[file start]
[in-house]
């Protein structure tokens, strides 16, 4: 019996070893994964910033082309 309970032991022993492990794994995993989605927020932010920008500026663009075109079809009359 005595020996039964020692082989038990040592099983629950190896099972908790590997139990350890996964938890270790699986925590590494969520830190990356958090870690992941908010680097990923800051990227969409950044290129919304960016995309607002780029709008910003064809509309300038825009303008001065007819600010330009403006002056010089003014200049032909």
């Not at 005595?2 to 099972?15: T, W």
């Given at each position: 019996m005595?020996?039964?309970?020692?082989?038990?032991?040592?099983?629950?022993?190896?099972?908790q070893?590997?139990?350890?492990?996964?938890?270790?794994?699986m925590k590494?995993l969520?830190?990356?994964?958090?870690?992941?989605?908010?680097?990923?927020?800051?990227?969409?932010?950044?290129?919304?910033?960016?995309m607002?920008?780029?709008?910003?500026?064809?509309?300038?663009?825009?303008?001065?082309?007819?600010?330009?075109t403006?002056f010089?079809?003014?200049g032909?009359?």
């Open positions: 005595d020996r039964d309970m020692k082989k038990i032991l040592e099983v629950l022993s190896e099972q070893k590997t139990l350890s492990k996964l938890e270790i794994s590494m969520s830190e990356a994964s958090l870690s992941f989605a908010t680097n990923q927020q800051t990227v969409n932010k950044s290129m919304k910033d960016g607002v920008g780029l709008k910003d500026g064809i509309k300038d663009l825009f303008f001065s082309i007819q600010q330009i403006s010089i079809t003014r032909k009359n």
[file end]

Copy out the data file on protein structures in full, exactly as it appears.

[in-house]
């Protein structure tokens, strides 16, 4: 019996070893994964910033082309 309970032991022993492990794994995993989605927020932010920008500026663009075109079809009359 005595020996039964020692082989038990040592099983629950190896099972908790590997139990350890996964938890270790699986925590590494969520830190990356958090870690992941908010680097990923800051990227969409950044290129919304960016995309607002780029709008910003064809509309300038825009303008001065007819600010330009403006002056010089003014200049032909």
């Not at 005595?2 to 099972?15: T, W």
């Given at each position: 019996m005595?020996?039964?309970?020692?082989?038990?032991?040592?099983?629950?022993?190896?099972?908790q070893?590997?139990?350890?492990?996964?938890?270790?794994?699986m925590k590494?995993l969520?830190?990356?994964?958090?870690?992941?989605?908010?680097?990923?927020?800051?990227?969409?932010?950044?290129?919304?910033?960016?995309m607002?920008?780029?709008?910003?500026?064809?509309?300038?663009?825009?303008?001065?082309?007819?600010?330009?075109t403006?002056f010089?079809?003014?200049g032909?009359?």
């Open positions: 005595d020996r039964d309970m020692k082989k038990i032991l040592e099983v629950l022993s190896e099972q070893k590997t139990l350890s492990k996964l938890e270790i794994s590494m969520s830190e990356a994964s958090l870690s992941f989605a908010t680097n990923q927020q800051t990227v969409n932010k950044s290129m919304k910033d960016g607002v920008g780029l709008k910003d500026g064809i509309k300038d663009l825009f303008f001065s082309i007819q600010q330009i403006s010089i079809t003014r032909k009359n």